But perhaps this is all sanctimonious illusion. Perhaps we are seeing punctured here misconceptions long entertained, perpetuated through lack of challenge. Ronald Reagan, of whom Trump in some ways is a caricature,2 maintained a decidedly capricious relationship with the truth. George W. Bush’s self-styled imperial administration declared that “we’re an empire now, and when we act, we create our own reality….” Is Trump simply thrusting full into our faces currents we have struggled to ignore? The “plunge of civilization into this abyss of blood and darkness,” wrote Henry James at the outset of World War I,


so gives away the whole long age during which we have supposed the world to be, with whatever abatement, gradually bettering, that to have to take it all now for what the treacherous years were all the while really making for and meaning is too tragic for any words.

Is Donald J. Trump really what the whole long age was gradually making for and meaning? That a reality television star and businessman con artist devoid of public office experience and proudly ignorant of public policy, of braggadocious and offensive and unstable character, given to the most bald-faced race-baiting and misogyny and demagoguery, could nonetheless be elected by our fellow citizens president of the United States?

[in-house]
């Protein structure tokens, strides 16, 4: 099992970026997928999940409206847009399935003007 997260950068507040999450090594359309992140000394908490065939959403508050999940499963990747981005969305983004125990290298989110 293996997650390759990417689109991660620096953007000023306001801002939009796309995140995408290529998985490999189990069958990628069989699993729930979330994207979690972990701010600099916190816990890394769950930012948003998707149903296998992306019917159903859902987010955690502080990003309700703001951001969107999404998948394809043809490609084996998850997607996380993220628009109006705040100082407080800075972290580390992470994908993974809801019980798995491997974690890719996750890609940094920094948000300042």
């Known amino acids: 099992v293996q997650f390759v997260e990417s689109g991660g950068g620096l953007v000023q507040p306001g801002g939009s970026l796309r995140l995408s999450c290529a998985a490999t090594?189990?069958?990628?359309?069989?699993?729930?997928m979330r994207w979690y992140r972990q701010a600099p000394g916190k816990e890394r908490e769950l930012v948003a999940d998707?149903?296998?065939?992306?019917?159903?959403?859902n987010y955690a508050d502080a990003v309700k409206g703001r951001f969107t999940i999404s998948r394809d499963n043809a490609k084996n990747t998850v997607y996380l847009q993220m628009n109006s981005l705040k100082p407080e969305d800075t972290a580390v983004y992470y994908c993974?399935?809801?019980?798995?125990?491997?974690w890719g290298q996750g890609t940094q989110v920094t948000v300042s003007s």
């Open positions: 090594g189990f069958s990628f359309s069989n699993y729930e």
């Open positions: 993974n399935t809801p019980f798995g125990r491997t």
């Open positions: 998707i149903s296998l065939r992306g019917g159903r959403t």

It should be observed that this is not a question that will be answered by the election itself. If Donald J. Trump is not elected president of the United States on November 8, we will owe this not to some triumph of the superior American system or to the eloquent presentation of a progressive alternative but to the fact that this singularly offensive man offended too many voters, especially white, college-educated women. It will not be because he was rendered unelectable by virtue of his lies and race-baiting and immigrant-bashing and demagoguery.